It is great to see our oystercatchers, lapwings and curlews have all returned in the past few weeks as the season gradually changes from winter to spring, and hopefully the next to return will be the cuckoo and the swallows.
It always lifts the spirits the first day I hear the distinctive call or see the beginnings of a mud nest being built in the eaves of the barn.
Change is all around us at this time of year, and we’re doing things a bit differently ourselves this year, specifically in the lambing shed.
We took advantage of the recent Sustainable Agricultural Capital Grants Scheme from the Scottish Government to buy three cameras which are now all up and running and providing hours of family entertainment as everyone views the sheep from their phone, tablet or PC.
The extra unforeseen benefit is that they run using 4G, and the clever installation people managed to connect it into the house as well – meaning the internet speed has increased significantly and the cries of ’it’s lagging again’ have all but disappeared.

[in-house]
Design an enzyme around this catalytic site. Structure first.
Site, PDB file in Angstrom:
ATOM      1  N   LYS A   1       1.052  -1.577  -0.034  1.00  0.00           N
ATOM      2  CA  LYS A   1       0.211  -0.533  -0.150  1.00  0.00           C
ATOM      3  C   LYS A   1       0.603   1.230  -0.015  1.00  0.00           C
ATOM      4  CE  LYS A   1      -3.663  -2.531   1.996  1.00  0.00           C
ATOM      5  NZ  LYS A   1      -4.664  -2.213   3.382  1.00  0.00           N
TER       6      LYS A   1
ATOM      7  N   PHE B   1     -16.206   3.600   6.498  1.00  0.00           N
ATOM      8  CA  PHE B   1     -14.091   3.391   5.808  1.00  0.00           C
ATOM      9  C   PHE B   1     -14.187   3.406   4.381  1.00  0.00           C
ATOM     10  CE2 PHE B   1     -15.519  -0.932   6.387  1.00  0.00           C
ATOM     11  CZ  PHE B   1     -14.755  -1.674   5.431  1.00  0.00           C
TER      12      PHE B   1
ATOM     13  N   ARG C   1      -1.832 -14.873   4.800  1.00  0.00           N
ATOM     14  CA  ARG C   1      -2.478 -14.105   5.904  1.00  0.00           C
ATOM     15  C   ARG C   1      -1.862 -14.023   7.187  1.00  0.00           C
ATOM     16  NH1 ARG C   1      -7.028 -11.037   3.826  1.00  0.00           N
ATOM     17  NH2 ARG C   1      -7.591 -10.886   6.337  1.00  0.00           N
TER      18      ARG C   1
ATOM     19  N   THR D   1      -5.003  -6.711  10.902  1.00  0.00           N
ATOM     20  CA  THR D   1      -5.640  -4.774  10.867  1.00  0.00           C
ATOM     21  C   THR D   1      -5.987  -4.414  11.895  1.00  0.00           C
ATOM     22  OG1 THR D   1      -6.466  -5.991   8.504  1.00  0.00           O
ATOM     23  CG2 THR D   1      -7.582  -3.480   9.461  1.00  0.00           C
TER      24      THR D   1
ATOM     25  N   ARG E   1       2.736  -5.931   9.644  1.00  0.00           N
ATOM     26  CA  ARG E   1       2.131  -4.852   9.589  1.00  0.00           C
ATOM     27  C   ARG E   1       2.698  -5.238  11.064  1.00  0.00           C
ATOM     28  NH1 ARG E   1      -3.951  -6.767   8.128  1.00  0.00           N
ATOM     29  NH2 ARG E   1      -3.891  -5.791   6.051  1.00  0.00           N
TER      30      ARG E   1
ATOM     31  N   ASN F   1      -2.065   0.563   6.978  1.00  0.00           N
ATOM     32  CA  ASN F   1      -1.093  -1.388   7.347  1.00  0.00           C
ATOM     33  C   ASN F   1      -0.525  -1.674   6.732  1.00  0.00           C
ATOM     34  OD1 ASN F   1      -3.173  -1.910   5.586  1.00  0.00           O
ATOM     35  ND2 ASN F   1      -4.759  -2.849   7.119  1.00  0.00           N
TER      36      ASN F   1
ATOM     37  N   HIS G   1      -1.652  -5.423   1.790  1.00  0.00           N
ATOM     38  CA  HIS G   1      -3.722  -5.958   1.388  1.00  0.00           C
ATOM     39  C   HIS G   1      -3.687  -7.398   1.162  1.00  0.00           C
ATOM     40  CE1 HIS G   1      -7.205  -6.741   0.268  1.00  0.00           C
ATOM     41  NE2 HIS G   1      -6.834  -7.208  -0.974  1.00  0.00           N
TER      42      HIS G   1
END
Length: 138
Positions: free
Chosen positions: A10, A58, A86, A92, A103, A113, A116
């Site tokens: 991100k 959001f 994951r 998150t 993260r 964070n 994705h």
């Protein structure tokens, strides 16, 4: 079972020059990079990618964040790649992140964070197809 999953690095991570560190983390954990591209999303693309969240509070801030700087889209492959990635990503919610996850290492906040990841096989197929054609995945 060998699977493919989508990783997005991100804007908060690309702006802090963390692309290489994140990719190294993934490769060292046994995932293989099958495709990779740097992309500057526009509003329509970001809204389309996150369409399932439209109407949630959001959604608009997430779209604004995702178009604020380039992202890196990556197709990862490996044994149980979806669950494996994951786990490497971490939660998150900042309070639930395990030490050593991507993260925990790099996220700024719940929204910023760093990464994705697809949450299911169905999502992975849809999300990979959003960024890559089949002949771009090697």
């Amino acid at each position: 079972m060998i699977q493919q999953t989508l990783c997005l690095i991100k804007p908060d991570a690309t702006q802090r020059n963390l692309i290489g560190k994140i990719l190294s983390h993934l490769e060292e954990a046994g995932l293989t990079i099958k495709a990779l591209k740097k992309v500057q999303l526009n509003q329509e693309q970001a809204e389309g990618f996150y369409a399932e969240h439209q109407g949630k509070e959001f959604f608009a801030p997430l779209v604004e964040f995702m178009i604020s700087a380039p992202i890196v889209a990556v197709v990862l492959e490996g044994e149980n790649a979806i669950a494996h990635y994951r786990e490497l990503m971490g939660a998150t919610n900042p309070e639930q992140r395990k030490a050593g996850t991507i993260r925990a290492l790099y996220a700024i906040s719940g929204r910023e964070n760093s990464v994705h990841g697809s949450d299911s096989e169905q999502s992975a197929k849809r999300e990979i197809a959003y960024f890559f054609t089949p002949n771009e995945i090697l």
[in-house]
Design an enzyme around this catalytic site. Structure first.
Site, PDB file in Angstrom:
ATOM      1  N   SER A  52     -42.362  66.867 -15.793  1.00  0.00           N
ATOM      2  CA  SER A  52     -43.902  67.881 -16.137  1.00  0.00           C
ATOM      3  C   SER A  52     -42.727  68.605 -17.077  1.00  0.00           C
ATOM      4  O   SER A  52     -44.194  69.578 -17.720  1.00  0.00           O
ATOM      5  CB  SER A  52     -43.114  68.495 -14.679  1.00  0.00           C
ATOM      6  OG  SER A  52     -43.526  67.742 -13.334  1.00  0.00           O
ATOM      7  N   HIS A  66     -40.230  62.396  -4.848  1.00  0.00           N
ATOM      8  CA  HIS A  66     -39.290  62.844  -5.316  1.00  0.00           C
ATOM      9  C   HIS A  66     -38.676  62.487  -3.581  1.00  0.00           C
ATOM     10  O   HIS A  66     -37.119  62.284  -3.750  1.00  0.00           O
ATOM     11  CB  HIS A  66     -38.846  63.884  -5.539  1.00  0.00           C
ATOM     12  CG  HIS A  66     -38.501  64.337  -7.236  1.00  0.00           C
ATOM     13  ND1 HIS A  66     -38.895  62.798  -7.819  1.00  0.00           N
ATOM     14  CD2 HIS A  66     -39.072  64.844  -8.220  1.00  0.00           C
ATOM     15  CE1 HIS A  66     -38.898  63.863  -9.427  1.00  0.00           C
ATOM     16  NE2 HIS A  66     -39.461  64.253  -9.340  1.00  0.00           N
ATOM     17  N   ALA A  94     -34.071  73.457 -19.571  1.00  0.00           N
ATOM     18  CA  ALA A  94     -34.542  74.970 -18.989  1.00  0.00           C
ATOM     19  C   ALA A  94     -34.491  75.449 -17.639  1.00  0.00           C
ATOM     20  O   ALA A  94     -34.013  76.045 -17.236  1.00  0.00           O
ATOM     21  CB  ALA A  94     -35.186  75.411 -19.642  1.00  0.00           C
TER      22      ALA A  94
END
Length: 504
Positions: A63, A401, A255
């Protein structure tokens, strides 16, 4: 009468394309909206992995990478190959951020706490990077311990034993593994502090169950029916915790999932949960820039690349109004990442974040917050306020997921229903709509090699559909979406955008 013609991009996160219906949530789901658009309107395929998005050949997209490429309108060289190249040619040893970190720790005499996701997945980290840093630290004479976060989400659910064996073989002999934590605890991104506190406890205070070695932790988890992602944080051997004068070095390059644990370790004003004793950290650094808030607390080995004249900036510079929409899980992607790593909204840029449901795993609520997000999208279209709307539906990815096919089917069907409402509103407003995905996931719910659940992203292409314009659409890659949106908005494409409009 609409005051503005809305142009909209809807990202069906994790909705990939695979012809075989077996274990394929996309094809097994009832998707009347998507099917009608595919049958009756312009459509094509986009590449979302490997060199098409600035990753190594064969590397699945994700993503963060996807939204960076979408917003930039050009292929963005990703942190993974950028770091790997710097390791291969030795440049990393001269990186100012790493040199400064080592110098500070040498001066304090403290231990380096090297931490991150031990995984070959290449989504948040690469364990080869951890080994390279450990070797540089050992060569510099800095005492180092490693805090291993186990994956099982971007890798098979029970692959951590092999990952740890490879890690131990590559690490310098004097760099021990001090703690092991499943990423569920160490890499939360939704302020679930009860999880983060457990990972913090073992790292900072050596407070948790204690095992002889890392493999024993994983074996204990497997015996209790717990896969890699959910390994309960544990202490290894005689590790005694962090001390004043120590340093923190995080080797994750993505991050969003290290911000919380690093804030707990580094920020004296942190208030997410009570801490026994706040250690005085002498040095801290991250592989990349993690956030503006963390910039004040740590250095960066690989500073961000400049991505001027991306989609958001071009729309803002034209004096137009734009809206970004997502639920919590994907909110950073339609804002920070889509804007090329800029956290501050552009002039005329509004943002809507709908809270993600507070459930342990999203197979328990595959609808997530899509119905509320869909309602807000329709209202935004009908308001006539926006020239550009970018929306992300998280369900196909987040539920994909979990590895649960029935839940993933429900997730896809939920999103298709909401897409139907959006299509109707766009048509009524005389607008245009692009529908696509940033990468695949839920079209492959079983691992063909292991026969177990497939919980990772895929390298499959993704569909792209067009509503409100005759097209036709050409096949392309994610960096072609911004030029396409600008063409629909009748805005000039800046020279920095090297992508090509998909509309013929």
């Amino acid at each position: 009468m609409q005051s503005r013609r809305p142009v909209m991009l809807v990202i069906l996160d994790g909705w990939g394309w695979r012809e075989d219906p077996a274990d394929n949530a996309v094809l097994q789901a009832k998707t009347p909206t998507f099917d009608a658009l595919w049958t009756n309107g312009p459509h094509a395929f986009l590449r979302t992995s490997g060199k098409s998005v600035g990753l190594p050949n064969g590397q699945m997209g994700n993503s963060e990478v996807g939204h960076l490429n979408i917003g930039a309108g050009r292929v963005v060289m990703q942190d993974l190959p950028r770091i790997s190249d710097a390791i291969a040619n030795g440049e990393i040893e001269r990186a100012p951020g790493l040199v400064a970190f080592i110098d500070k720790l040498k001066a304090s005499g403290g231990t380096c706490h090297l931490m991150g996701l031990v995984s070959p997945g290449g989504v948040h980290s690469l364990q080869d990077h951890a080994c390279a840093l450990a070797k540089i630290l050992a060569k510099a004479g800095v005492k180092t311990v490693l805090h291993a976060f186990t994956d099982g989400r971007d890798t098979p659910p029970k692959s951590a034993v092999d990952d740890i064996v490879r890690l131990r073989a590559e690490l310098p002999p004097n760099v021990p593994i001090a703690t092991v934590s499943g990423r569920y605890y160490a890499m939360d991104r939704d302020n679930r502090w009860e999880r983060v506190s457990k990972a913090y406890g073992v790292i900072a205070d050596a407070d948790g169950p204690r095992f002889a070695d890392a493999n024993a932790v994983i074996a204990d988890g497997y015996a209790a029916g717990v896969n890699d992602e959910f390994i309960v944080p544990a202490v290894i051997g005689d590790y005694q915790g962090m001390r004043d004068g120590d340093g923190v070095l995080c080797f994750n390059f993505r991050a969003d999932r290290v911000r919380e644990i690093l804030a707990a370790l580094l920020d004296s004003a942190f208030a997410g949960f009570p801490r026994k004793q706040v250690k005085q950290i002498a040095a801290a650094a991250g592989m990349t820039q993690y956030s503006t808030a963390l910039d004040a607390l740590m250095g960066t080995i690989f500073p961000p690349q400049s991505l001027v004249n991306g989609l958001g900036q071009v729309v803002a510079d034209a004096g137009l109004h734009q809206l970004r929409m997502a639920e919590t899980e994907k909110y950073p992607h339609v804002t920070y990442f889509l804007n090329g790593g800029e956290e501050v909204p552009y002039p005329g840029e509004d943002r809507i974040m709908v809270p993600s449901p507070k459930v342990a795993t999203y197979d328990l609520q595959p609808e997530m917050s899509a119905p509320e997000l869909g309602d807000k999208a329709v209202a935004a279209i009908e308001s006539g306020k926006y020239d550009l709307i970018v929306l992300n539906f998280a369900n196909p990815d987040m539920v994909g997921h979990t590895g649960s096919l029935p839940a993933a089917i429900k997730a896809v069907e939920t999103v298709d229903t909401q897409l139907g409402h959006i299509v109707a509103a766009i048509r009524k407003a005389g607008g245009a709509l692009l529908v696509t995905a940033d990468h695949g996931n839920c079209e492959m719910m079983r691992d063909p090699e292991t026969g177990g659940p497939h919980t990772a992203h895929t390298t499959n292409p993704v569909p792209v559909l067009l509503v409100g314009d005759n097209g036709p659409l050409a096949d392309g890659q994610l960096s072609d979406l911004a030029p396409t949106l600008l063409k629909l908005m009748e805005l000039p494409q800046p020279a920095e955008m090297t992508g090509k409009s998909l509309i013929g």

We aren’t quite into the thick of lambing yet, so it remains to be seen if they’re as successful with the sheep as they’ve been with the family.
Another change we’re trying this year is to trial a replacement for hipro soya in the diet of the ewes in the run up to lambing.
As QMS Monitor Farmers almost 10 years ago we learned that by making high quality silage and feeding it with soya in the last three weeks of gestation, we saved time, labour and most importantly money, while still fulfilling the DUP and energy demands of late pregnancy.
But soya is no longer the protein of choice from a sustainability point of view, so we’re hoping that a more local option of rape-meal, a co-product of cold pressed rapeseed oil, will be a good replacement.
Twin ewes have been split into two groups which are being fed the two diets, with all the lambs weighed at birth, colostrum checked, and growth rates recorded to ensure it’s safe to make the switch next year.
Hopefully the results will echo those which have already been found in dairy cattle, and we can do our bit to source feed more locally – after all we can hardly ask our consumers to do it if we’re not prepared to do it ourselves.
I seem to be unusual in that I’m actually getting keener on making changes as I get older, rather than following the stereotype that people get more resistant to doing things differently as they age. It’s exciting and uplifting to try new ideas and see if they work.
Very much the same kind of feeling I get seeing those oystercatchers or hearing the first call of the cuckoo every year. Isn’t nature wonderful at renewing itself and us on a regular basis?